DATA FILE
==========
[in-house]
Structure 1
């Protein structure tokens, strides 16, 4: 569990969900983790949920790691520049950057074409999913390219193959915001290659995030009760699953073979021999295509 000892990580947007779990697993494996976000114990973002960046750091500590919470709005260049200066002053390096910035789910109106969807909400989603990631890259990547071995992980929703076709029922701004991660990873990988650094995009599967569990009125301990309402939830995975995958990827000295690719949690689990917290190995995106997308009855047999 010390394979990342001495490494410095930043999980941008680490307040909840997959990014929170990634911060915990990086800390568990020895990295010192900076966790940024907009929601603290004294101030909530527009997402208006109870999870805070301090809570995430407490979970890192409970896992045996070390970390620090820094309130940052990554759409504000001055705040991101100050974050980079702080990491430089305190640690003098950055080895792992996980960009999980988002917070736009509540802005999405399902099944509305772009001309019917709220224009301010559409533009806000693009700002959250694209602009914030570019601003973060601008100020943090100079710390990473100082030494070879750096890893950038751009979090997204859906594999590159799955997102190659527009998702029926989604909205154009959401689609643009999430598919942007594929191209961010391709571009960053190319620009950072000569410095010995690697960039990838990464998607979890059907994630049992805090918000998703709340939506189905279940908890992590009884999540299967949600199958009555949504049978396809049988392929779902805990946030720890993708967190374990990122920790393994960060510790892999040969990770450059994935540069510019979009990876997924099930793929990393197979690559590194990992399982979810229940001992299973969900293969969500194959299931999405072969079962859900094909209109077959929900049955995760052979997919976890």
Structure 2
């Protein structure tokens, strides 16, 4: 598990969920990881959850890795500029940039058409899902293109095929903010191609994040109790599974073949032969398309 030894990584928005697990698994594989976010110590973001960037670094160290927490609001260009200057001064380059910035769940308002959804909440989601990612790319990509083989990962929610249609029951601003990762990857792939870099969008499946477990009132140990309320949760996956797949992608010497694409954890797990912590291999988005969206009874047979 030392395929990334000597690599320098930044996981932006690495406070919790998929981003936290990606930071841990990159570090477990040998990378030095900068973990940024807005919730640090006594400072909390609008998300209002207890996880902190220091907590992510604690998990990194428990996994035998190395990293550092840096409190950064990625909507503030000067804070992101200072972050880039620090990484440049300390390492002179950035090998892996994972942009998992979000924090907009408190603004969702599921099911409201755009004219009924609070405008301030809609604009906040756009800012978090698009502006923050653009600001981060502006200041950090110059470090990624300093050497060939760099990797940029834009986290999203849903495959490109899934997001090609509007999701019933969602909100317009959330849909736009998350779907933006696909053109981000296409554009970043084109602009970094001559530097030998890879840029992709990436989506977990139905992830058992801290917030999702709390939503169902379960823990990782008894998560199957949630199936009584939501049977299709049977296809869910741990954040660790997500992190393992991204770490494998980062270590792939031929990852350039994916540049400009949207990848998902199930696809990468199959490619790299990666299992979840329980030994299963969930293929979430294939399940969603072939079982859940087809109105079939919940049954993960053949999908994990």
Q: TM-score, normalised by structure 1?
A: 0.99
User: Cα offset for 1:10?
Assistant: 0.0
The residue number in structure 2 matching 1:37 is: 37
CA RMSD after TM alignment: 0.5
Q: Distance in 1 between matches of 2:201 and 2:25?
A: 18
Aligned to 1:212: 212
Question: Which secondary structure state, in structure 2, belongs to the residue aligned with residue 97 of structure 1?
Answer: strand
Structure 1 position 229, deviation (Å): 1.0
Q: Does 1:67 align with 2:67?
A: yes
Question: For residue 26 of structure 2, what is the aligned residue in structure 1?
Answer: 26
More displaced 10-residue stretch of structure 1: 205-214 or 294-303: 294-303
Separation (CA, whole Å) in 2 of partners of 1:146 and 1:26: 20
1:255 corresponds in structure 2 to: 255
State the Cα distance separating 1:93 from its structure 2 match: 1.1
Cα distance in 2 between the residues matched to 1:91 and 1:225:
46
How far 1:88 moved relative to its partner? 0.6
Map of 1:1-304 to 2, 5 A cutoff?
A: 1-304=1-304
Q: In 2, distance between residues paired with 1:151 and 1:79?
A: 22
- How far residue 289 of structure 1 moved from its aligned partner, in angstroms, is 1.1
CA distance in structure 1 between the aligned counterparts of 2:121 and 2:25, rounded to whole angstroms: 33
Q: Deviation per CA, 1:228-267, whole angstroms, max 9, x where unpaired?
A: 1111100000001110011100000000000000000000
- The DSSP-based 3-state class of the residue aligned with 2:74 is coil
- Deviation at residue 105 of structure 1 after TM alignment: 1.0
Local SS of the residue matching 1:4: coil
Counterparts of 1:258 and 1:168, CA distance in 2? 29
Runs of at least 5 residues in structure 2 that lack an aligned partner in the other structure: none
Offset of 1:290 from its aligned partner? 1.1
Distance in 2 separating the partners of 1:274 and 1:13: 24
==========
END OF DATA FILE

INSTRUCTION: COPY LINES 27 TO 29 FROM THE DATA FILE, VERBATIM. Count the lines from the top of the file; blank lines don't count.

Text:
46
How far 1:88 moved relative to its partner? 0.6
Map of 1:1-304 to 2, 5 A cutoff?